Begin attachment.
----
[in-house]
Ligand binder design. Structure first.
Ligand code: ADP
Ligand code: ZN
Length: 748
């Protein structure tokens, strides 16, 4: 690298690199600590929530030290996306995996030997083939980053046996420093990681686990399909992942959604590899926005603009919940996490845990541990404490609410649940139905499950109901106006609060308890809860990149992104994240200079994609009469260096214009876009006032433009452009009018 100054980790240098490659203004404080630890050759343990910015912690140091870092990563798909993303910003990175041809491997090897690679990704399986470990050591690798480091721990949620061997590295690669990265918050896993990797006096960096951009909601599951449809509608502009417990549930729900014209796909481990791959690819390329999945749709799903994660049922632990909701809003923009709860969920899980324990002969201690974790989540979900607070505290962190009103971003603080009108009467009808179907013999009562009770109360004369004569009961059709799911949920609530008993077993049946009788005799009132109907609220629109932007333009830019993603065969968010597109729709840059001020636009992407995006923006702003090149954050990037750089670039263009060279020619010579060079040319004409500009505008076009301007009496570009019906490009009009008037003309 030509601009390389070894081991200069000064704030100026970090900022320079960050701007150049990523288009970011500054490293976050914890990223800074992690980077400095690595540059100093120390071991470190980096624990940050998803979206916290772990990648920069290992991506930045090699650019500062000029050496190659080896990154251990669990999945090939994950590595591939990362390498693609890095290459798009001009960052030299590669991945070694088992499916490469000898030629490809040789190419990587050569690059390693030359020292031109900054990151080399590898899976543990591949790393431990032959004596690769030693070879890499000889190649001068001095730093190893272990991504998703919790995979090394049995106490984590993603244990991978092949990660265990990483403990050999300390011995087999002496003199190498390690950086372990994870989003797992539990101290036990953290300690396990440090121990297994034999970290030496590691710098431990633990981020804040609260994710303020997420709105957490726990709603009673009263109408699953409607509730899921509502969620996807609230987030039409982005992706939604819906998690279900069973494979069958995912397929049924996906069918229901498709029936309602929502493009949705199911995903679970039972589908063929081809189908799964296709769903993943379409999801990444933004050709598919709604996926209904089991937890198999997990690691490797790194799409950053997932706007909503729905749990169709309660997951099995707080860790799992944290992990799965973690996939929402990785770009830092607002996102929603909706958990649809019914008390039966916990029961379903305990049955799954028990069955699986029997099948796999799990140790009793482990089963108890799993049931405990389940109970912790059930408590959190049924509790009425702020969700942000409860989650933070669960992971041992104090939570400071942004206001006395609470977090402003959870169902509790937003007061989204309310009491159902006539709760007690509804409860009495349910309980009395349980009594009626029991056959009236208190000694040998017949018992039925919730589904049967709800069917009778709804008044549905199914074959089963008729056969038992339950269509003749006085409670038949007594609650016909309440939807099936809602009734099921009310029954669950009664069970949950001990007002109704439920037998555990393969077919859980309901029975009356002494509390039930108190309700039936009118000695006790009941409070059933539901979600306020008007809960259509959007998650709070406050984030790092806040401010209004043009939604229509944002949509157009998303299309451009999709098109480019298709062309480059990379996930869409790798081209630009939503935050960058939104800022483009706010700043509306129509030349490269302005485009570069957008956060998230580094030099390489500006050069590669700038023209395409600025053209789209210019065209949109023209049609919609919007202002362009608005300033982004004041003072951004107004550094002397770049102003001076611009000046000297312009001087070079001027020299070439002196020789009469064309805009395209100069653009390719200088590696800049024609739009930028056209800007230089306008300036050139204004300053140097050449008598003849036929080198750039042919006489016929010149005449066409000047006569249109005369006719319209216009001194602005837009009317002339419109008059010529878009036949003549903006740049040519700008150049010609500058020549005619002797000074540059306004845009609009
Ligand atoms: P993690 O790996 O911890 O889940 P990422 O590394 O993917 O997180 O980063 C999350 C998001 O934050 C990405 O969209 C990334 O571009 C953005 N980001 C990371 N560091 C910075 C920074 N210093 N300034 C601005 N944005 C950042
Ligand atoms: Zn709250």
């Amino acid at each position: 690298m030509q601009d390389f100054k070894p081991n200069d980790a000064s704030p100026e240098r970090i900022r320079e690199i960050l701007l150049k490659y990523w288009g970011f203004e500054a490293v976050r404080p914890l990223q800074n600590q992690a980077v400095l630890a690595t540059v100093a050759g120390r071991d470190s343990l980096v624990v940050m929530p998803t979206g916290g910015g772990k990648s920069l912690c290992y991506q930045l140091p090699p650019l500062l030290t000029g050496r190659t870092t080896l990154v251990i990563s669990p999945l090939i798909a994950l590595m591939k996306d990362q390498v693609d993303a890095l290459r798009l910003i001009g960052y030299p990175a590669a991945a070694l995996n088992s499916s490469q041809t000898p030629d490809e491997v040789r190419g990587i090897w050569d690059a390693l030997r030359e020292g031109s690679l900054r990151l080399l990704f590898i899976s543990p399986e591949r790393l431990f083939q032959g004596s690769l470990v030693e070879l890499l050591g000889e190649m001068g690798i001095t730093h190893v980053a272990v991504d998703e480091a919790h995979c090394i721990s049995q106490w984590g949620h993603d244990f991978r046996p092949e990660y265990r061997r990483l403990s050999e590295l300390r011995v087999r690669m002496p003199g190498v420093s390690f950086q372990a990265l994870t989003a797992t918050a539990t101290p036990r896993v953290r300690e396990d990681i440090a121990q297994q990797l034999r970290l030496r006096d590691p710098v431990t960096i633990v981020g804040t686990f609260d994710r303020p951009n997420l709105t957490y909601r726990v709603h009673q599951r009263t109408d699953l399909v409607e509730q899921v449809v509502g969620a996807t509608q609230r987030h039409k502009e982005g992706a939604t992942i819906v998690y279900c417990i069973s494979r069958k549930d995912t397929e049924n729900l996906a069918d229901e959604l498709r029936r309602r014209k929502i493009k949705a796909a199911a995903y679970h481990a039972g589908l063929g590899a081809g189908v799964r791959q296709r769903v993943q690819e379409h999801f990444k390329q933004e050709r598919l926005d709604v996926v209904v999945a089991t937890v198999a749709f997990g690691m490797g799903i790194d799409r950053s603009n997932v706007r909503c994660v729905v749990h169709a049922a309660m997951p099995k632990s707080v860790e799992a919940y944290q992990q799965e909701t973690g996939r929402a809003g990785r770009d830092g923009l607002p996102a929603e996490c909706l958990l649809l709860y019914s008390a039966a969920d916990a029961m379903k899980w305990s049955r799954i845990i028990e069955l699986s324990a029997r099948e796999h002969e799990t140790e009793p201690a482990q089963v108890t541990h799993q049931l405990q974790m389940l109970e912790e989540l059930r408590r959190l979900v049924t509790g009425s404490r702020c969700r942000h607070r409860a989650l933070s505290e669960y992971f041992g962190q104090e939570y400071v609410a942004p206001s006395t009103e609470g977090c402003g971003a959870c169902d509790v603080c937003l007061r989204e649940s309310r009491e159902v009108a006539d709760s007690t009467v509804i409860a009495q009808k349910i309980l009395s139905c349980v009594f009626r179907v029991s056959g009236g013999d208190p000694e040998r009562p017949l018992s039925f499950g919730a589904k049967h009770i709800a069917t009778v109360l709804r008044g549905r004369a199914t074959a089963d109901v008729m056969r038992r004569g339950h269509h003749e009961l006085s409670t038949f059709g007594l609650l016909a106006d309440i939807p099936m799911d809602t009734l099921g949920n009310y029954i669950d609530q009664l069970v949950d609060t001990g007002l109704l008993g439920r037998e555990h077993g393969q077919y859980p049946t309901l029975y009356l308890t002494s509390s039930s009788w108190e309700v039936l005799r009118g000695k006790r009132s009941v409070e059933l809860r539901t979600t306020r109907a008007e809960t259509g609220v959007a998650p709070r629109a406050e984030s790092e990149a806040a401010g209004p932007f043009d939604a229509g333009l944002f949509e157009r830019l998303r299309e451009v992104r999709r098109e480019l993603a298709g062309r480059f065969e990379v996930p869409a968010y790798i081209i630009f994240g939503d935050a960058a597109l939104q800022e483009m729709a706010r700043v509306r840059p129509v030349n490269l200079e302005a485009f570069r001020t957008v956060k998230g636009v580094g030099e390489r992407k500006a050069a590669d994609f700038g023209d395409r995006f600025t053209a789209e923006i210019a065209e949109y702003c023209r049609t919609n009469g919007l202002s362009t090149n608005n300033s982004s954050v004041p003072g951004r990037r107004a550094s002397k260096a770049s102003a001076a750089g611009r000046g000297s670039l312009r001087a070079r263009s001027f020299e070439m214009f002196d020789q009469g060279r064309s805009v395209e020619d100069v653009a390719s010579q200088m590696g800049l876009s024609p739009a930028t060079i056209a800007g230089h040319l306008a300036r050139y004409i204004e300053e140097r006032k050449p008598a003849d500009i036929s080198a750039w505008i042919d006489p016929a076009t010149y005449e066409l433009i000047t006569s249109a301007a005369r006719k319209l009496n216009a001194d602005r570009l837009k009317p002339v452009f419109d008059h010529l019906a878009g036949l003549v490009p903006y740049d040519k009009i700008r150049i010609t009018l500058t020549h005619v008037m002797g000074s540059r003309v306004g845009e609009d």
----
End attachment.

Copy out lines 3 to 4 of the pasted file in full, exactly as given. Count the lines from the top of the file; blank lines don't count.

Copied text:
Ligand code: ADP
Ligand code: ZN